“When I started in sport – martial arts, kickboxing, football for a boys’ team – they’d always be there. It could be snowing, hailing, and my nan would be there with her leather gloves on and her flask standing on the sidelines with my grandad.
“Or if not, they were paying thousands of pounds on me over the years for me to travel around the world kickboxing to compete. I’ve been to Cyprus, Greece, Amsterdam, everywhere. It cost money, it’s not funded.
“My grandad took me training every night. As a child, I’d come home from school, eat, and then I’d be out training from six to 10. It would be kickboxing or I’d be getting changed in the back of the car and going football training. That would literally be every night of the week. I was sport mad.”
Not that Linda or Derek were ever reluctant supporters. “They’ve always told me to believe in my dreams. A lot of people have caught on to that quote my nan said to me: ‘Reach for the moon and if you all short, you land on the stars.’ In this Olympics, I was getting closer and closer to that moon. Now I’m there.
“As soon as I got the decision [in the final], I was kind of emotional getting out of the ring but then as soon as I got on the podium and off the podium and went straight to an interview it got to me. They mentioned my grandad and I just filled up straight away.
Linda and Derek may have been Price’s rocks at home, but when it came to the crunch in her Olympic final against Li Qian of China, it was all on her. And it was the manner of the 27-year-old’s victory – ice-cold, clinical and professional in all but name – which really impressed those who follow the sport.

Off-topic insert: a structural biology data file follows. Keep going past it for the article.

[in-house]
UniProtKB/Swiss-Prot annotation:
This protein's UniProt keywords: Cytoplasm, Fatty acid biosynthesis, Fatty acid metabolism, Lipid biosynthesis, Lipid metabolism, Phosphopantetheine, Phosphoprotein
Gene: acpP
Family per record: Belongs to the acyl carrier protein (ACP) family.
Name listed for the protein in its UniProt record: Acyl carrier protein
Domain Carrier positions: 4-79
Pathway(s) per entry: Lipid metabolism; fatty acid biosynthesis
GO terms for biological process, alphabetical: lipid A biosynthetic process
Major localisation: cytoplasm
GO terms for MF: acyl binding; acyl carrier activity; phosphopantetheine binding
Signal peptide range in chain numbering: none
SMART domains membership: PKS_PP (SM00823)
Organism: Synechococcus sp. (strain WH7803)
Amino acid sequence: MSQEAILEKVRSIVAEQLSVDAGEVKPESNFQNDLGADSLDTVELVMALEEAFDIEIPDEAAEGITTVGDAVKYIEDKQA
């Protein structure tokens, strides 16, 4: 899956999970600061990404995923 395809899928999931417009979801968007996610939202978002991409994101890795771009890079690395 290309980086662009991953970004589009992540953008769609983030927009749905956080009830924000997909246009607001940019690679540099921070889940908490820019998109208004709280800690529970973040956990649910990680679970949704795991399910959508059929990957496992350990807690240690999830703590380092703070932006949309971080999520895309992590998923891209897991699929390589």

The pressing decision for Price now is whether she stays in the amateur set-up, or joins the professional ranks, following the likes of Nicola Adams – the only British female to win a boxing gold – and Ireland’s Katie Taylor.
Promoter Eddie Hearn, and others, have already expressed an interest, a reflection not just of Price’s obvious quality, but of the commercial potential in women’s boxing.
“I’ve had a lot of interest and people speaking to me,” Price says. “For me, the Paris Games is obviously only three years away. I’m on great funding with GB. Three years is nothing. You look at the likes of Nicola and Katie and Claressa Shields. They did two cycles. Now Katie is smashing it up in the pros.
“For me, my heart at the moment is set on staying with GB but I’m just going to enjoy my time at the minute and see what opportunities come up. I’ll just think about it. I’ve not set anything in stone yet. I love what I do week in, week out. Why not do it all again?
“I’ve won everything I can as an amateur: Commonwealth, European, World and Olympic. But, for me, there’s more I could kind of do. Maybe win another Olympic gold and go from there.
“The London Olympics opened a lot of people’s eyes to how skilled the women could be. It’s at such a higher level and there’s so many more opportunities for women out there. It’s come on leaps and bounds in the amateurs. The competition’s getting harder and it’s going from strength to strength. There’s even talk that in Paris there will be more weights added, which is great as well.”
Price is basking in her success for now, but a break beckons with partner Karriss Artingstall, who won a featherweight bronze medal in Tokyo. The pair recently bought a house together.
This content was originally published here.